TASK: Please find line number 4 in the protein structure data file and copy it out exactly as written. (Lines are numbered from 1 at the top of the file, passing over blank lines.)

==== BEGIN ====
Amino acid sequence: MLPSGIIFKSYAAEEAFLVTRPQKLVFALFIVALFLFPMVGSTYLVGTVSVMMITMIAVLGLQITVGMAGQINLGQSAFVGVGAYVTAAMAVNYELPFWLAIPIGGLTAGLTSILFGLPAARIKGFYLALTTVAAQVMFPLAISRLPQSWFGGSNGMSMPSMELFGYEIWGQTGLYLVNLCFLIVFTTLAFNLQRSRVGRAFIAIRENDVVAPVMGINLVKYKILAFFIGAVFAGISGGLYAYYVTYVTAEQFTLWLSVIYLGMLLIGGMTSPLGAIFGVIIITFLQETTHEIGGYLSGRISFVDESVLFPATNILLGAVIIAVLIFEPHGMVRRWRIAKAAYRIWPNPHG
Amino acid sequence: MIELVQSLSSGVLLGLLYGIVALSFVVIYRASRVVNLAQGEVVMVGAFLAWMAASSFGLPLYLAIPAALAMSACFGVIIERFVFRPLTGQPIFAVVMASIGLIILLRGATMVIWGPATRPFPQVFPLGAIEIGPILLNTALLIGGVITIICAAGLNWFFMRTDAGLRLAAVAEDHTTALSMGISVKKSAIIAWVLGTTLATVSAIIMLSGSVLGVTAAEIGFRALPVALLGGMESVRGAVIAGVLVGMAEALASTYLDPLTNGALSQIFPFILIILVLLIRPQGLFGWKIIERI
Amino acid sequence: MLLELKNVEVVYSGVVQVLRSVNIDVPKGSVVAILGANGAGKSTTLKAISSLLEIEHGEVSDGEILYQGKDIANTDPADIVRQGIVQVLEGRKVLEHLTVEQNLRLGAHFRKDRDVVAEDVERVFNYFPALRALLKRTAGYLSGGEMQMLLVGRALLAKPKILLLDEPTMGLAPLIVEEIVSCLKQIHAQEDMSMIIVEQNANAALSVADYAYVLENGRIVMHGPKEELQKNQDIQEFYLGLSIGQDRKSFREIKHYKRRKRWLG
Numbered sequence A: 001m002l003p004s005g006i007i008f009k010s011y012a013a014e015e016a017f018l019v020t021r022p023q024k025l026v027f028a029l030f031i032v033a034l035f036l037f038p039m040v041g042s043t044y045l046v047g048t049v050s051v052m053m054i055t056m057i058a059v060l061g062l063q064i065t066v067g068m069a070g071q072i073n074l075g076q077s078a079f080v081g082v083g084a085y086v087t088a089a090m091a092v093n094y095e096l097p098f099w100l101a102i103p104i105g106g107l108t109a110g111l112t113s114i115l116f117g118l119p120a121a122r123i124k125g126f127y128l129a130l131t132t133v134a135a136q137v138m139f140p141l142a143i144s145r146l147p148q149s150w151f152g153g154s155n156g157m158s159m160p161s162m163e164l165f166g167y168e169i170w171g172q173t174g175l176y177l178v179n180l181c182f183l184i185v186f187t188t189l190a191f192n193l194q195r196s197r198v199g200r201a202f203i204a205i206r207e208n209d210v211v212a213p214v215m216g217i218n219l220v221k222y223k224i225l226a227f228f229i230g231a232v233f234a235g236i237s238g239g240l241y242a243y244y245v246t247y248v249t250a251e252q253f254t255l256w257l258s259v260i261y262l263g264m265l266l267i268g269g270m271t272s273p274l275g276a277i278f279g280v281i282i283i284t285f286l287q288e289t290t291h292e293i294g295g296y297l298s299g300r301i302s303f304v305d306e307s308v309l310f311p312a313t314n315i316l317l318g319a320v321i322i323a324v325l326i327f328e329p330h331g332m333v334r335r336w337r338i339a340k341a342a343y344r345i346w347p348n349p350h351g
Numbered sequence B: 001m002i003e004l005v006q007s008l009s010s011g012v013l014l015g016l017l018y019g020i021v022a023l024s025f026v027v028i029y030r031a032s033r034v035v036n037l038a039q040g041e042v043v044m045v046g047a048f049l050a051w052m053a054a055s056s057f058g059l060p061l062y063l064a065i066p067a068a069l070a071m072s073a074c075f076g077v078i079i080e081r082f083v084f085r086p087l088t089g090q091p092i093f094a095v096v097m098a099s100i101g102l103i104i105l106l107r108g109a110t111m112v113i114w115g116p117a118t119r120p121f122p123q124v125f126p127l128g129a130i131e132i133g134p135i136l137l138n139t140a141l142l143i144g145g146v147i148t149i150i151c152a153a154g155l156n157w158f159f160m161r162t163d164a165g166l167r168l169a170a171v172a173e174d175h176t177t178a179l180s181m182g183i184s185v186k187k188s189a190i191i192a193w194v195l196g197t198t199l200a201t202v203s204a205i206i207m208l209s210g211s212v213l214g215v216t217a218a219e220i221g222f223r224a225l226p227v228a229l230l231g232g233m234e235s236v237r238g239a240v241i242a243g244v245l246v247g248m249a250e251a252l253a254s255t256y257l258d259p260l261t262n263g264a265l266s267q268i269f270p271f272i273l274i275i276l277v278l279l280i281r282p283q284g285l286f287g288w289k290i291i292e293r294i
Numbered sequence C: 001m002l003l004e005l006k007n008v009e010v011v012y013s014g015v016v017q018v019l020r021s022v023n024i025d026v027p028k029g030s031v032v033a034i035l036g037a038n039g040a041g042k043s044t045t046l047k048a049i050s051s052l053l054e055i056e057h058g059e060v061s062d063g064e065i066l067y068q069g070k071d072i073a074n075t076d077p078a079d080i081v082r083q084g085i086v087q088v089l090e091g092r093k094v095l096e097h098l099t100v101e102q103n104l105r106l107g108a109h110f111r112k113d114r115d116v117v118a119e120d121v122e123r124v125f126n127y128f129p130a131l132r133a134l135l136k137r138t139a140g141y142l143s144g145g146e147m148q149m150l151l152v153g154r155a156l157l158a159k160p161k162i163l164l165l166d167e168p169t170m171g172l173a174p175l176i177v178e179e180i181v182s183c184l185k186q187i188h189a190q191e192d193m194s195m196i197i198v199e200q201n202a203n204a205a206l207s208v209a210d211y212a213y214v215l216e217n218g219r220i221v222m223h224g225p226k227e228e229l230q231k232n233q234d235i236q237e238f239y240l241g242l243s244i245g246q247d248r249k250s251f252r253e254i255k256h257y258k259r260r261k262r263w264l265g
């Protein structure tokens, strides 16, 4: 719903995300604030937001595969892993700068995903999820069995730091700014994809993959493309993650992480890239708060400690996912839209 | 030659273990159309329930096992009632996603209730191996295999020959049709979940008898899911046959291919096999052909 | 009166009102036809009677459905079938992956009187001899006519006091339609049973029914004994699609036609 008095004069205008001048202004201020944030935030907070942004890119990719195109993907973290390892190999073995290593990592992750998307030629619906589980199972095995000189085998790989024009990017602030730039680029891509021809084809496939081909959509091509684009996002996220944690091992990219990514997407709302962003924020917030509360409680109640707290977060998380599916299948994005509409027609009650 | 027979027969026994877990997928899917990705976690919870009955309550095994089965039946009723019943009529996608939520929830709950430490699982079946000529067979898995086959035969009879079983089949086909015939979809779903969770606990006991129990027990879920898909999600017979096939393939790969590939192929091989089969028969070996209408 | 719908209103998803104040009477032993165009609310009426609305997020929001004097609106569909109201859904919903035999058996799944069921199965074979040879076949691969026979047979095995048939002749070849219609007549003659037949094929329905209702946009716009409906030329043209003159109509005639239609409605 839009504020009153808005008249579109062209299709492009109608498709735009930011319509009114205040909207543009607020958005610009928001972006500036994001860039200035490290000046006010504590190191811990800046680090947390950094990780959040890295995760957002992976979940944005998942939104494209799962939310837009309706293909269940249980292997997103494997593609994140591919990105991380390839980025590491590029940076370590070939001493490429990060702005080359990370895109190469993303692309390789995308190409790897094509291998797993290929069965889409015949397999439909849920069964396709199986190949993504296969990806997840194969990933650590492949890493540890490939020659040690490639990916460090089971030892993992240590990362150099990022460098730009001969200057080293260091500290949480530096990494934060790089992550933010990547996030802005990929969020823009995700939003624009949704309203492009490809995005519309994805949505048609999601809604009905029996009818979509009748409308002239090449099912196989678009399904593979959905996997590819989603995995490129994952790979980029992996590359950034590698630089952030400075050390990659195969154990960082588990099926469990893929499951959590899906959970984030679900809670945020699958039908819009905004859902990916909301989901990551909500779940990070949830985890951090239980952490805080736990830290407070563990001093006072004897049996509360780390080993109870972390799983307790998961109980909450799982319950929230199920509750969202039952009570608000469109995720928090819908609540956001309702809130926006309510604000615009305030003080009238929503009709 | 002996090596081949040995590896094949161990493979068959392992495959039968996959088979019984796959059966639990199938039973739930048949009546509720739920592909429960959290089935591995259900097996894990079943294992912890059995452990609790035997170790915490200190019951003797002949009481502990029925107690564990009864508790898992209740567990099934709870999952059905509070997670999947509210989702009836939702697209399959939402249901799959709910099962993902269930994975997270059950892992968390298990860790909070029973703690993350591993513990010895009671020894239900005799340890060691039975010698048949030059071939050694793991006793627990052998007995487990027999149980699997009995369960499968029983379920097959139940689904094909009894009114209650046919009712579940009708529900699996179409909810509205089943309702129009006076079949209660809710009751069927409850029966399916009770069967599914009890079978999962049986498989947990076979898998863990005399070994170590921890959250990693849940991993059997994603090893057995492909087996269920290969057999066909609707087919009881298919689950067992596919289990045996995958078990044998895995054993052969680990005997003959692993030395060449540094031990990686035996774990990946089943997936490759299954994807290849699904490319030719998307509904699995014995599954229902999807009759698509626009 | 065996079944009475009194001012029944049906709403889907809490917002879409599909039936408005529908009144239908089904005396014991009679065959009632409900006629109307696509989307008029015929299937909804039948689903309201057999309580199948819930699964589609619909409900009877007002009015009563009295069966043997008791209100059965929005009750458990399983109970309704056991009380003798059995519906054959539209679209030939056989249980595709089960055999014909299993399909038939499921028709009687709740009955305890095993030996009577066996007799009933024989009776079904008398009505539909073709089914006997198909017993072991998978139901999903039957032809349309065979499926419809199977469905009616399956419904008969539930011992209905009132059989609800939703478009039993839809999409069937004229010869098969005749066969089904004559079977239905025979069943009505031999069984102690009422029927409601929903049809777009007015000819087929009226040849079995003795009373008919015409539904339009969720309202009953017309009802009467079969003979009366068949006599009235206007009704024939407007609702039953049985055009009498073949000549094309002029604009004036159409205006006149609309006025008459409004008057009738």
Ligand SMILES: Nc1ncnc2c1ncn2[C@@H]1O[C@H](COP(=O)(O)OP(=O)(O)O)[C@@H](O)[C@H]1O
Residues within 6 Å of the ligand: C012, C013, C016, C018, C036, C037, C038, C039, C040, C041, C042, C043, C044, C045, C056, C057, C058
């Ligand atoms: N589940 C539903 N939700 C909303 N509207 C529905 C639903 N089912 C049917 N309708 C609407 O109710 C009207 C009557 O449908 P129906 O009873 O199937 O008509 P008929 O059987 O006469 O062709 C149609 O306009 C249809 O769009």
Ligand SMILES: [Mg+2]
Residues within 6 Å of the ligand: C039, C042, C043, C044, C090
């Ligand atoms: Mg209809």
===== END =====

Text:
Numbered sequence A: 001m002l003p004s005g006i007i008f009k010s011y012a013a014e015e016a017f018l019v020t021r022p023q024k025l026v027f028a029l030f031i032v033a034l035f036l037f038p039m040v041g042s043t044y045l046v047g048t049v050s051v052m053m054i055t056m057i058a059v060l061g062l063q064i065t066v067g068m069a070g071q072i073n074l075g076q077s078a079f080v081g082v083g084a085y086v087t088a089a090m091a092v093n094y095e096l097p098f099w100l101a102i103p104i105g106g107l108t109a110g111l112t113s114i115l116f117g118l119p120a121a122r123i124k125g126f127y128l129a130l131t132t133v134a135a136q137v138m139f140p141l142a143i144s145r146l147p148q149s150w151f152g153g154s155n156g157m158s159m160p161s162m163e164l165f166g167y168e169i170w171g172q173t174g175l176y177l178v179n180l181c182f183l184i185v186f187t188t189l190a191f192n193l194q195r196s197r198v199g200r201a202f203i204a205i206r207e208n209d210v211v212a213p214v215m216g217i218n219l220v221k222y223k224i225l226a227f228f229i230g231a232v233f234a235g236i237s238g239g240l241y242a243y244y245v246t247y248v249t250a251e252q253f254t255l256w257l258s259v260i261y262l263g264m265l266l267i268g269g270m271t272s273p274l275g276a277i278f279g280v281i282i283i284t285f286l287q288e289t290t291h292e293i294g295g296y297l298s299g300r301i302s303f304v305d306e307s308v309l310f311p312a313t314n315i316l317l318g319a320v321i322i323a324v325l326i327f328e329p330h331g332m333v334r335r336w337r338i339a340k341a342a343y344r345i346w347p348n349p350h351g